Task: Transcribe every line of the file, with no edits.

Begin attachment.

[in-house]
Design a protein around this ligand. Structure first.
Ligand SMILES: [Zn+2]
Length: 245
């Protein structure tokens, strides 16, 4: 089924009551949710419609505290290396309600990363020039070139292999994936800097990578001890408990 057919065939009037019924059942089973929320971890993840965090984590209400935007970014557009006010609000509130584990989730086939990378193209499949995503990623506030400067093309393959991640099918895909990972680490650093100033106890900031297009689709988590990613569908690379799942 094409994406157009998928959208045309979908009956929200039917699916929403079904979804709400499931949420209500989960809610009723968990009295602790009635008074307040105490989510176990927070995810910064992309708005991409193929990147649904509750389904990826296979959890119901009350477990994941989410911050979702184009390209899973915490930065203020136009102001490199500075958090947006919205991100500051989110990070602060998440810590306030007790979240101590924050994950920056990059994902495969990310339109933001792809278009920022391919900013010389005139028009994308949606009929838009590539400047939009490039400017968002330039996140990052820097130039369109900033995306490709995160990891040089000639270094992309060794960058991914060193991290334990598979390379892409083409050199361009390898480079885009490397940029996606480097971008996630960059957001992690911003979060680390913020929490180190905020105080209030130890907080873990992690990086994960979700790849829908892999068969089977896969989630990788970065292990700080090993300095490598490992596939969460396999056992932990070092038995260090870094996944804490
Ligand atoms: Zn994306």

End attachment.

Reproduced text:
[in-house]
Design a protein around this ligand. Structure first.
Ligand SMILES: [Zn+2]
Length: 245
């Protein structure tokens, strides 16, 4: 089924009551949710419609505290290396309600990363020039070139292999994936800097990578001890408990 057919065939009037019924059942089973929320971890993840965090984590209400935007970014557009006010609000509130584990989730086939990378193209499949995503990623506030400067093309393959991640099918895909990972680490650093100033106890900031297009689709988590990613569908690379799942 094409994406157009998928959208045309979908009956929200039917699916929403079904979804709400499931949420209500989960809610009723968990009295602790009635008074307040105490989510176990927070995810910064992309708005991409193929990147649904509750389904990826296979959890119901009350477990994941989410911050979702184009390209899973915490930065203020136009102001490199500075958090947006919205991100500051989110990070602060998440810590306030007790979240101590924050994950920056990059994902495969990310339109933001792809278009920022391919900013010389005139028009994308949606009929838009590539400047939009490039400017968002330039996140990052820097130039369109900033995306490709995160990891040089000639270094992309060794960058991914060193991290334990598979390379892409083409050199361009390898480079885009490397940029996606480097971008996630960059957001992690911003979060680390913020929490180190905020105080209030130890907080873990992690990086994960979700790849829908892999068969089977896969989630990788970065292990700080090993300095490598490992596939969460396999056992932990070092038995260090870094996944804490
Ligand atoms: Zn994306």